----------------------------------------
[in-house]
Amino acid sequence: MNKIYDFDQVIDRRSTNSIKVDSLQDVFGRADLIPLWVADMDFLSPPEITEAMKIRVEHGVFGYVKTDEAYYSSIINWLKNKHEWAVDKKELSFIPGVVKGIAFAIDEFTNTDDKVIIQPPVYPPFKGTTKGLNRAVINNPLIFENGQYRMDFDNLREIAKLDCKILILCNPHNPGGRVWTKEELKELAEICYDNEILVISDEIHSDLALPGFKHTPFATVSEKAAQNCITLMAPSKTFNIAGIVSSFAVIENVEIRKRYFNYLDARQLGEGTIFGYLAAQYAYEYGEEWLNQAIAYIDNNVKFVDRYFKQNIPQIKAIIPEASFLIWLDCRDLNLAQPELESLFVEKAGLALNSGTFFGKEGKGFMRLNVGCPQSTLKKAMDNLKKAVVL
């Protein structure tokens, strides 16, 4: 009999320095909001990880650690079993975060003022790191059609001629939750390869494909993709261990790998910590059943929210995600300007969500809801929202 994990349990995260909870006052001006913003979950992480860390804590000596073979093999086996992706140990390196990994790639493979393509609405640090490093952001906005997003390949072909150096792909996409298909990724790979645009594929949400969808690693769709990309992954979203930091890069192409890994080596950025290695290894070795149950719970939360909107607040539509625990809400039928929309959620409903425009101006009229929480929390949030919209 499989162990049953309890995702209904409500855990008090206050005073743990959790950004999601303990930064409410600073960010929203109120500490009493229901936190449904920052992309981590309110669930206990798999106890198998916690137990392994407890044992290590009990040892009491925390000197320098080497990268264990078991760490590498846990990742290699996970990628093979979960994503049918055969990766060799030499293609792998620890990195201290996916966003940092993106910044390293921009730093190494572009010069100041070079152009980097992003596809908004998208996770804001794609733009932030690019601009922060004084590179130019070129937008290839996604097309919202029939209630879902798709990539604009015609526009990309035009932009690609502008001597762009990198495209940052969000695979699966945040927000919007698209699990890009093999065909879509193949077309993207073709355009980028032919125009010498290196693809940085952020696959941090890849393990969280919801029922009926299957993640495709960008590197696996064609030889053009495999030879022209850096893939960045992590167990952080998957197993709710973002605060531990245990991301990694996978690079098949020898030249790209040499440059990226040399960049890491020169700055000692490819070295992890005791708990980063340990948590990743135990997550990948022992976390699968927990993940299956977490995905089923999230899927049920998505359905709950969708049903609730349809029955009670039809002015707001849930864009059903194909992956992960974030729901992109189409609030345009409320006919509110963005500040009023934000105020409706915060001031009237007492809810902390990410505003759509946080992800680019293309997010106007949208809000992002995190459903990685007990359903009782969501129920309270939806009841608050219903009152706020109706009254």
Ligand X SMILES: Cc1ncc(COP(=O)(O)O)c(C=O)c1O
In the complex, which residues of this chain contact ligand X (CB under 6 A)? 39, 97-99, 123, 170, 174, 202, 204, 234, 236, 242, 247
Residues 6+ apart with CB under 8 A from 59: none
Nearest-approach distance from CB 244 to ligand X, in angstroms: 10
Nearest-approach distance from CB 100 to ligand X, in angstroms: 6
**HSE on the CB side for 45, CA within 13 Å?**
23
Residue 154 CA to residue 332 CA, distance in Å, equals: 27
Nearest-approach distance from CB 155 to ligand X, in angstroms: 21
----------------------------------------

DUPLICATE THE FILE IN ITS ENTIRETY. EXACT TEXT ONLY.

[in-house]
Amino acid sequence: MNKIYDFDQVIDRRSTNSIKVDSLQDVFGRADLIPLWVADMDFLSPPEITEAMKIRVEHGVFGYVKTDEAYYSSIINWLKNKHEWAVDKKELSFIPGVVKGIAFAIDEFTNTDDKVIIQPPVYPPFKGTTKGLNRAVINNPLIFENGQYRMDFDNLREIAKLDCKILILCNPHNPGGRVWTKEELKELAEICYDNEILVISDEIHSDLALPGFKHTPFATVSEKAAQNCITLMAPSKTFNIAGIVSSFAVIENVEIRKRYFNYLDARQLGEGTIFGYLAAQYAYEYGEEWLNQAIAYIDNNVKFVDRYFKQNIPQIKAIIPEASFLIWLDCRDLNLAQPELESLFVEKAGLALNSGTFFGKEGKGFMRLNVGCPQSTLKKAMDNLKKAVVL
């Protein structure tokens, strides 16, 4: 009999320095909001990880650690079993975060003022790191059609001629939750390869494909993709261990790998910590059943929210995600300007969500809801929202 994990349990995260909870006052001006913003979950992480860390804590000596073979093999086996992706140990390196990994790639493979393509609405640090490093952001906005997003390949072909150096792909996409298909990724790979645009594929949400969808690693769709990309992954979203930091890069192409890994080596950025290695290894070795149950719970939360909107607040539509625990809400039928929309959620409903425009101006009229929480929390949030919209 499989162990049953309890995702209904409500855990008090206050005073743990959790950004999601303990930064409410600073960010929203109120500490009493229901936190449904920052992309981590309110669930206990798999106890198998916690137990392994407890044992290590009990040892009491925390000197320098080497990268264990078991760490590498846990990742290699996970990628093979979960994503049918055969990766060799030499293609792998620890990195201290996916966003940092993106910044390293921009730093190494572009010069100041070079152009980097992003596809908004998208996770804001794609733009932030690019601009922060004084590179130019070129937008290839996604097309919202029939209630879902798709990539604009015609526009990309035009932009690609502008001597762009990198495209940052969000695979699966945040927000919007698209699990890009093999065909879509193949077309993207073709355009980028032919125009010498290196693809940085952020696959941090890849393990969280919801029922009926299957993640495709960008590197696996064609030889053009495999030879022209850096893939960045992590167990952080998957197993709710973002605060531990245990991301990694996978690079098949020898030249790209040499440059990226040399960049890491020169700055000692490819070295992890005791708990980063340990948590990743135990997550990948022992976390699968927990993940299956977490995905089923999230899927049920998505359905709950969708049903609730349809029955009670039809002015707001849930864009059903194909992956992960974030729901992109189409609030345009409320006919509110963005500040009023934000105020409706915060001031009237007492809810902390990410505003759509946080992800680019293309997010106007949208809000992002995190459903990685007990359903009782969501129920309270939806009841608050219903009152706020109706009254």
Ligand X SMILES: Cc1ncc(COP(=O)(O)O)c(C=O)c1O
In the complex, which residues of this chain contact ligand X (CB under 6 A)? 39, 97-99, 123, 170, 174, 202, 204, 234, 236, 242, 247
Residues 6+ apart with CB under 8 A from 59: none
Nearest-approach distance from CB 244 to ligand X, in angstroms: 10
Nearest-approach distance from CB 100 to ligand X, in angstroms: 6
**HSE on the CB side for 45, CA within 13 Å?**
23
Residue 154 CA to residue 332 CA, distance in Å, equals: 27
Nearest-approach distance from CB 155 to ligand X, in angstroms: 21